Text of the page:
The day Siam recognized the Republic of Slovakia…six decades too early

1934-prajadhipok-on-a-state-visit-in-europe

King Prajadhipok (Rama VII) on a state visit to Europe in 1934.

When a letter written on parchment-like paper and bearing a large cerise seal arrived at the Foreign Ministry in Bangkok in early 1929, Thai officials naturally handled the missive with great care. Once the contents had been translated, officials noted that it requested the Royal Siamese Government formally recognize the new Republic of Slovakia.

The letter was signed by a Professor Mihalusz, who claimed to be the new President of the Republic of Slovakia, with its capital at Trencsen (modern day Trencin). Naturally, King Prajadhipok (Rama VII) and his senior advisers, led by 46-year-old Foreign Minister Prince Traidos Prabandh (a former Siamese ambassador to the United States), deliberated on the request. Clearly Slovakia had successfully seceded from Czechoslovakia, which had been created just a decade earlier at the conclusion of the First World War from the charred remains of the old Austro-Hungarian Empire.

Since the President of Czechoslovakia was Professor Masaryk, the Thai ministers came to the conclusion the Slovakian secessionists had also chosen a professor as their first elected leader.

A few weeks later the postmaster in Trencsen received a letter emblazoned with the Royal Coat of Arms of Siam and addressed to His Excellency the President of Slovakia, Professor Mihalusz. The postmaster went post haste to see the mayor. He opened the letter and read with mounting concern the contents in which His Majesty King Prajadhipok declared himself graciously and inexpressibly pleased to accord full recognition de facto and de jure to the Sovereign Republic of Slovakia.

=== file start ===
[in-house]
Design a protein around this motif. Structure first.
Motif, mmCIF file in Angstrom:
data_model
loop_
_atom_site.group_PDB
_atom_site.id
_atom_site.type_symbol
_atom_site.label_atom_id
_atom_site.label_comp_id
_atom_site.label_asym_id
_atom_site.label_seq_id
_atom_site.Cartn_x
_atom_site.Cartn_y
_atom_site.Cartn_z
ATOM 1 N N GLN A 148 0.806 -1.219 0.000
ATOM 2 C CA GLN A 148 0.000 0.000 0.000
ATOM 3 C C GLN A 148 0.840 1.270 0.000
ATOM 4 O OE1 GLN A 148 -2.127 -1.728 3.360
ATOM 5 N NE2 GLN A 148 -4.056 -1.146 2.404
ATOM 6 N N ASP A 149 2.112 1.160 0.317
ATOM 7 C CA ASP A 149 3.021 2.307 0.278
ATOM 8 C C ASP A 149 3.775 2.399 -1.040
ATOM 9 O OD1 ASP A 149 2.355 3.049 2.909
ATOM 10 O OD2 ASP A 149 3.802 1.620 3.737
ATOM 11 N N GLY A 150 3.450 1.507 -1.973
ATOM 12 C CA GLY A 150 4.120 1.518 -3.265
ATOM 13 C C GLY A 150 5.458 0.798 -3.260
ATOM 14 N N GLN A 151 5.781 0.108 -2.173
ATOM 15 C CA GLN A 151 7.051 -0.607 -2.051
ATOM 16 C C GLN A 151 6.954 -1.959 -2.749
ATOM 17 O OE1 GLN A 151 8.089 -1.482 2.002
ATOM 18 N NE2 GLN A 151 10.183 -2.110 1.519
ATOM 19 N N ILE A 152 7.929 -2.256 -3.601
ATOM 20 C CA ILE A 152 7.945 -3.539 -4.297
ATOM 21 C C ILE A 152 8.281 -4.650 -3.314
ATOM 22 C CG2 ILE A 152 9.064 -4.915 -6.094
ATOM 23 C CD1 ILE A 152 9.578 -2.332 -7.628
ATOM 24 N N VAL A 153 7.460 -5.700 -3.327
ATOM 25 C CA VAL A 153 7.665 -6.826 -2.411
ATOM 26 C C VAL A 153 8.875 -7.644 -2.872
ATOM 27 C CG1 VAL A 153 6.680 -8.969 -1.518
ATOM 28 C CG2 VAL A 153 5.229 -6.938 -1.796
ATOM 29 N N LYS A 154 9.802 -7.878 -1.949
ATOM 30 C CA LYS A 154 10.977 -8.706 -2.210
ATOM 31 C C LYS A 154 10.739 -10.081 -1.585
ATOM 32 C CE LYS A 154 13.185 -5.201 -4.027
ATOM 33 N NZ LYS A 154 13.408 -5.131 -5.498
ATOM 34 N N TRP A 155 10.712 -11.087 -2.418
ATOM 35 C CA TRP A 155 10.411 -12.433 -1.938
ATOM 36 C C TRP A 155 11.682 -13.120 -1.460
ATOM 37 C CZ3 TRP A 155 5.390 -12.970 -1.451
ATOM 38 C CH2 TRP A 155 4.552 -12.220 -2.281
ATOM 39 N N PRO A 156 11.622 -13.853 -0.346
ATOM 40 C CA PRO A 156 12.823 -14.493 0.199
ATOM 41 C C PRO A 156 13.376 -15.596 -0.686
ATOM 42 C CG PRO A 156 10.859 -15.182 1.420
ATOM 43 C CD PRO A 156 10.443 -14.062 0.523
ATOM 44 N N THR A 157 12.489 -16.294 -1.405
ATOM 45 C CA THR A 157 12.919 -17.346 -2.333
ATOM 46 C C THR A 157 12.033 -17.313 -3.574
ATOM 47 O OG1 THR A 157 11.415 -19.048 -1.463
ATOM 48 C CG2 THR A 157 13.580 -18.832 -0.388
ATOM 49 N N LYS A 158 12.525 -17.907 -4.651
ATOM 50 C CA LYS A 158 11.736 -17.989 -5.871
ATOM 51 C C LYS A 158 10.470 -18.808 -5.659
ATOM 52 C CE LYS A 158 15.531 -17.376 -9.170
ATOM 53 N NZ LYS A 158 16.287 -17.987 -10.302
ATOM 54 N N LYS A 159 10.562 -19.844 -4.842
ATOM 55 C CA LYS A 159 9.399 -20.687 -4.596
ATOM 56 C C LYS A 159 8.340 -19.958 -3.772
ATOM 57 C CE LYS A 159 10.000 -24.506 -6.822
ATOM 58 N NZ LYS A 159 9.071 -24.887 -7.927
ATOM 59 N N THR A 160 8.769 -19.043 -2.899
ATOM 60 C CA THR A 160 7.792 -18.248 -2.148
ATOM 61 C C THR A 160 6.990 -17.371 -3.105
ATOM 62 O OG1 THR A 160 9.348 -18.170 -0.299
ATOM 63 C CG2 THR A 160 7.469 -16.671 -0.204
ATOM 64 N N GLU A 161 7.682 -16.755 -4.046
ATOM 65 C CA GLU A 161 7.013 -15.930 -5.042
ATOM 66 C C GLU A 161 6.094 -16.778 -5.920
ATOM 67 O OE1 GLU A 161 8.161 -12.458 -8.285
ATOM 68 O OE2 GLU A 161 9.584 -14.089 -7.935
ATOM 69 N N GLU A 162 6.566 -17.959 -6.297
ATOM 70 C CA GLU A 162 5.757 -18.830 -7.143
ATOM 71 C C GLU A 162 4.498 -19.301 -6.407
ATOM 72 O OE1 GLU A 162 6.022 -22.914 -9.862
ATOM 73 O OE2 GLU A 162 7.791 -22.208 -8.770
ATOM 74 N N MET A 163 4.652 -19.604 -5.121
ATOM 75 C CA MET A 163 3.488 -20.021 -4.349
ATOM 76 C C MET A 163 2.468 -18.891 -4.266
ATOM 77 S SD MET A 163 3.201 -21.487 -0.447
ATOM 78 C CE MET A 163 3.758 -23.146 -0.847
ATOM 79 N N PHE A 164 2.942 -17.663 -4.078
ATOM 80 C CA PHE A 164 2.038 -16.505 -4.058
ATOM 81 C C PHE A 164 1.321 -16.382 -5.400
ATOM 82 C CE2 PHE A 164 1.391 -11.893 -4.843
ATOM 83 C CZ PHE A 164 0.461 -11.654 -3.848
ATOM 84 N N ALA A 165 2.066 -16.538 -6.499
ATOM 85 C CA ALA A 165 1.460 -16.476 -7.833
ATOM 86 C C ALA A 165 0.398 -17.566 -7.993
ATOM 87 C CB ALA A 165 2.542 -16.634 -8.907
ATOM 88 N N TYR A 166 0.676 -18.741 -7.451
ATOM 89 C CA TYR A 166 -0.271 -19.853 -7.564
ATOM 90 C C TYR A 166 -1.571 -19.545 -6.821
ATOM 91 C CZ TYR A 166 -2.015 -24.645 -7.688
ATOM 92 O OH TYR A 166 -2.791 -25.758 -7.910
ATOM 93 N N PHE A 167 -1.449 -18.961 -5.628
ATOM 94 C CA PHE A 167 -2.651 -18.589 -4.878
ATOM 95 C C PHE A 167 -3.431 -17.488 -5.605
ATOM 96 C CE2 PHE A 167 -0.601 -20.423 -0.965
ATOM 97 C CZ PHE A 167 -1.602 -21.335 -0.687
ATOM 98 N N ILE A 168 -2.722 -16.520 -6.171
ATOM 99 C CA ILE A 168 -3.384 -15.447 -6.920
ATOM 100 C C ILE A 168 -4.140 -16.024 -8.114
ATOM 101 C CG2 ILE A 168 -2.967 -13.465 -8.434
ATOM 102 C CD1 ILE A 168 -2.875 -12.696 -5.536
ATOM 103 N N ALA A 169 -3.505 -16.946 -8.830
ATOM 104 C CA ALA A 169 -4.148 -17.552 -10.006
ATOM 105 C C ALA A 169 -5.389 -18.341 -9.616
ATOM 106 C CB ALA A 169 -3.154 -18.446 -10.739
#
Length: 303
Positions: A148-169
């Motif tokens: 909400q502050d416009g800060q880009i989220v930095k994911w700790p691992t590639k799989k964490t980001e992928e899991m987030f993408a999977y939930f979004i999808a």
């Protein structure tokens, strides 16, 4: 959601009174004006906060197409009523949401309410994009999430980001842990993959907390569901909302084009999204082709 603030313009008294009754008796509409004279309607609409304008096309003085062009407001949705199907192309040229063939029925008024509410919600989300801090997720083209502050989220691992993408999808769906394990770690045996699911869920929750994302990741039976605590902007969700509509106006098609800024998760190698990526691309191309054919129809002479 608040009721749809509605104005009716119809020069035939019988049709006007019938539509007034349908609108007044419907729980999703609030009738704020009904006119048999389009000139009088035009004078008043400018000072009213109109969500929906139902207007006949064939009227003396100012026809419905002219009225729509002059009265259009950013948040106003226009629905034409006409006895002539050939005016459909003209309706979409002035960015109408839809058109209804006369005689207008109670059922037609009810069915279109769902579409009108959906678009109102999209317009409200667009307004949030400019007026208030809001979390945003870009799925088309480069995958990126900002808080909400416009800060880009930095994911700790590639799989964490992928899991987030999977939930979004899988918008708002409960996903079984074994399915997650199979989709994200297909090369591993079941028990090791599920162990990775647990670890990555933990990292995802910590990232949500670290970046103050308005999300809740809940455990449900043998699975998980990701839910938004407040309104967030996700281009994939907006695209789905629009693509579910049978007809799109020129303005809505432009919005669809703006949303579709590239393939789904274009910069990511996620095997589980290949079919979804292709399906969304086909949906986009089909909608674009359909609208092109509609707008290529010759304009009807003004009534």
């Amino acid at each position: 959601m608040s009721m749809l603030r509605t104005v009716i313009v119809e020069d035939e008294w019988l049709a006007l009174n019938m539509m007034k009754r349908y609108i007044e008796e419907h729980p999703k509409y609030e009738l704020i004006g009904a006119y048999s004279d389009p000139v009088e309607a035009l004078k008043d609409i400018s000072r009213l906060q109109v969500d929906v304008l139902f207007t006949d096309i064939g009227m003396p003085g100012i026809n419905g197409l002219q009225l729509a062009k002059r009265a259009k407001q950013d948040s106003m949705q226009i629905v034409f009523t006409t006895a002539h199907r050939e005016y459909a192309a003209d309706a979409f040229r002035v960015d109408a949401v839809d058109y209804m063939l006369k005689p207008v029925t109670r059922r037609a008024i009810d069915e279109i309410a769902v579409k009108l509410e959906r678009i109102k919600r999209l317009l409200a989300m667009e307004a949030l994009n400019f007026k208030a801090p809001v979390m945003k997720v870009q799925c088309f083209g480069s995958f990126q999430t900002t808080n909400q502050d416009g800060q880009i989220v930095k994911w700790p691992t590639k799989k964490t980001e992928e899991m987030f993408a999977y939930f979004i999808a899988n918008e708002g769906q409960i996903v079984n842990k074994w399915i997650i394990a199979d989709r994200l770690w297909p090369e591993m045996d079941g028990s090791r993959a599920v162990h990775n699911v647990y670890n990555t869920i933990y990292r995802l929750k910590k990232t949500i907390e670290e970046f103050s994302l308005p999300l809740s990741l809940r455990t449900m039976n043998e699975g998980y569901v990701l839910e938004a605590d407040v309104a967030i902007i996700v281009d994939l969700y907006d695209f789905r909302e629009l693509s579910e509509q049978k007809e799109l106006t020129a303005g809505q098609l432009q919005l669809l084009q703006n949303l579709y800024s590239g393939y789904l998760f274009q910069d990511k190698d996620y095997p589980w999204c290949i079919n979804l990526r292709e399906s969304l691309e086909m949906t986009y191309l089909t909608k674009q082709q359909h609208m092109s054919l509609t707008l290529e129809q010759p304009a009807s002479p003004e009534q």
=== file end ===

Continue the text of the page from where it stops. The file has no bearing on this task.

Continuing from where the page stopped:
The mayor of Trencsen quickly drafted a letter to be sent as quickly as possible to Bangkok. He explained Slovakia had not seceded from Czechoslovakia, the capital city remained as Prague and not Trencsen, and the President was still Professor Masaryk and not Professor Mihalusz.

The mayor went on to explain that some time in the early part of 1928 a group of Slovakians held a mass meeting led by Professor Mihalusz, an old botanist of minor renown, at which they issued a ‘Declaration of Slovak Independence’. The mayor wrote that the whole exercise was more academic than revolutionary and was easily suppressed by the local police. Professor Mihalusz, obviously frightened by the police interest in him, later fled Trencsen and had not been seen for some time. He was believed to be hiding out in Vienna from where he had probably written the letter that won Slovakia recognition from Siam.

Slovakia eventually achieved independence from Czechoslovakia, in 1993.

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